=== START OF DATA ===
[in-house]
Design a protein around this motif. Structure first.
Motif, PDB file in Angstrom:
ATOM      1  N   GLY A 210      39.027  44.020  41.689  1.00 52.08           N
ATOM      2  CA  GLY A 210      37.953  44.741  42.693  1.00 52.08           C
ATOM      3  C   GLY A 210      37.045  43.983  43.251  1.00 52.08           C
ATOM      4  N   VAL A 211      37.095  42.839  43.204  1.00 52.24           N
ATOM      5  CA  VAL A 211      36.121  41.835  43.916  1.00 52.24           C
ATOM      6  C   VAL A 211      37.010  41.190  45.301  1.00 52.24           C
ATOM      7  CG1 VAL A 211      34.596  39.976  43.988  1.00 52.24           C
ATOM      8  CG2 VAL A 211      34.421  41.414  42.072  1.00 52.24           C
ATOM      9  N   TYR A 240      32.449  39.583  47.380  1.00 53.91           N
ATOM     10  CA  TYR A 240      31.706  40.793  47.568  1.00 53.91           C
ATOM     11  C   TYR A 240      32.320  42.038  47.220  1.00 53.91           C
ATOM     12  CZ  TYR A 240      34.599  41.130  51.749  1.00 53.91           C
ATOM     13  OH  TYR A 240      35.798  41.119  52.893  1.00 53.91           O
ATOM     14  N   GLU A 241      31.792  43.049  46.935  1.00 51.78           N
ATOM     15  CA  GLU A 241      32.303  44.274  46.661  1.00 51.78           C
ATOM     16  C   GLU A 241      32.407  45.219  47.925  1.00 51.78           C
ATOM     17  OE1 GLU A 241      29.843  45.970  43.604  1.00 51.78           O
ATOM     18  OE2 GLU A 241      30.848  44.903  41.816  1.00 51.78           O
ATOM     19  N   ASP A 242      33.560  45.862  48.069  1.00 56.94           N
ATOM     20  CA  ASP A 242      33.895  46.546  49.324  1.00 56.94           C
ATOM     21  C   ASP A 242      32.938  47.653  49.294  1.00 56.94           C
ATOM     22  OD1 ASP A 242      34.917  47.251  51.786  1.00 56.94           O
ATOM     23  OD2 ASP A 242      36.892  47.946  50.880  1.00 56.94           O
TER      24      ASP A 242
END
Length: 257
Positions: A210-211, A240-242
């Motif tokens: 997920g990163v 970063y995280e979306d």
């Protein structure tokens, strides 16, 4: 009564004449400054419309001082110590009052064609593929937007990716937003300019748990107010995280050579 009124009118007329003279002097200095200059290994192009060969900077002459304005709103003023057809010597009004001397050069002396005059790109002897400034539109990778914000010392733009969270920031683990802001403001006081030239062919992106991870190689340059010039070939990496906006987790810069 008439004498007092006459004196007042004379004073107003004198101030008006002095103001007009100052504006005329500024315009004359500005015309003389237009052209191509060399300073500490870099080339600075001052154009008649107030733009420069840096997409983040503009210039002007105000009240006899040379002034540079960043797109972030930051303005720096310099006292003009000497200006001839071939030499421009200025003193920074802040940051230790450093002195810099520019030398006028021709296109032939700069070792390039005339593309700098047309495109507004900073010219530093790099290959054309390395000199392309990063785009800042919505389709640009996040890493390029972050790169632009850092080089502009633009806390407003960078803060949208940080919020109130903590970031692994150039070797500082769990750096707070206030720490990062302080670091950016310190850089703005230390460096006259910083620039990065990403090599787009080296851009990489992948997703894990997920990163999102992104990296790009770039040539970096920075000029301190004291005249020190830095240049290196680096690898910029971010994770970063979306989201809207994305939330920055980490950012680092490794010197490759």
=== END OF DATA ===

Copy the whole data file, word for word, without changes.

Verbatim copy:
[in-house]
Design a protein around this motif. Structure first.
Motif, PDB file in Angstrom:
ATOM      1  N   GLY A 210      39.027  44.020  41.689  1.00 52.08           N
ATOM      2  CA  GLY A 210      37.953  44.741  42.693  1.00 52.08           C
ATOM      3  C   GLY A 210      37.045  43.983  43.251  1.00 52.08           C
ATOM      4  N   VAL A 211      37.095  42.839  43.204  1.00 52.24           N
ATOM      5  CA  VAL A 211      36.121  41.835  43.916  1.00 52.24           C
ATOM      6  C   VAL A 211      37.010  41.190  45.301  1.00 52.24           C
ATOM      7  CG1 VAL A 211      34.596  39.976  43.988  1.00 52.24           C
ATOM      8  CG2 VAL A 211      34.421  41.414  42.072  1.00 52.24           C
ATOM      9  N   TYR A 240      32.449  39.583  47.380  1.00 53.91           N
ATOM     10  CA  TYR A 240      31.706  40.793  47.568  1.00 53.91           C
ATOM     11  C   TYR A 240      32.320  42.038  47.220  1.00 53.91           C
ATOM     12  CZ  TYR A 240      34.599  41.130  51.749  1.00 53.91           C
ATOM     13  OH  TYR A 240      35.798  41.119  52.893  1.00 53.91           O
ATOM     14  N   GLU A 241      31.792  43.049  46.935  1.00 51.78           N
ATOM     15  CA  GLU A 241      32.303  44.274  46.661  1.00 51.78           C
ATOM     16  C   GLU A 241      32.407  45.219  47.925  1.00 51.78           C
ATOM     17  OE1 GLU A 241      29.843  45.970  43.604  1.00 51.78           O
ATOM     18  OE2 GLU A 241      30.848  44.903  41.816  1.00 51.78           O
ATOM     19  N   ASP A 242      33.560  45.862  48.069  1.00 56.94           N
ATOM     20  CA  ASP A 242      33.895  46.546  49.324  1.00 56.94           C
ATOM     21  C   ASP A 242      32.938  47.653  49.294  1.00 56.94           C
ATOM     22  OD1 ASP A 242      34.917  47.251  51.786  1.00 56.94           O
ATOM     23  OD2 ASP A 242      36.892  47.946  50.880  1.00 56.94           O
TER      24      ASP A 242
END
Length: 257
Positions: A210-211, A240-242
């Motif tokens: 997920g990163v 970063y995280e979306d």
């Protein structure tokens, strides 16, 4: 009564004449400054419309001082110590009052064609593929937007990716937003300019748990107010995280050579 009124009118007329003279002097200095200059290994192009060969900077002459304005709103003023057809010597009004001397050069002396005059790109002897400034539109990778914000010392733009969270920031683990802001403001006081030239062919992106991870190689340059010039070939990496906006987790810069 008439004498007092006459004196007042004379004073107003004198101030008006002095103001007009100052504006005329500024315009004359500005015309003389237009052209191509060399300073500490870099080339600075001052154009008649107030733009420069840096997409983040503009210039002007105000009240006899040379002034540079960043797109972030930051303005720096310099006292003009000497200006001839071939030499421009200025003193920074802040940051230790450093002195810099520019030398006028021709296109032939700069070792390039005339593309700098047309495109507004900073010219530093790099290959054309390395000199392309990063785009800042919505389709640009996040890493390029972050790169632009850092080089502009633009806390407003960078803060949208940080919020109130903590970031692994150039070797500082769990750096707070206030720490990062302080670091950016310190850089703005230390460096006259910083620039990065990403090599787009080296851009990489992948997703894990997920990163999102992104990296790009770039040539970096920075000029301190004291005249020190830095240049290196680096690898910029971010994770970063979306989201809207994305939330920055980490950012680092490794010197490759």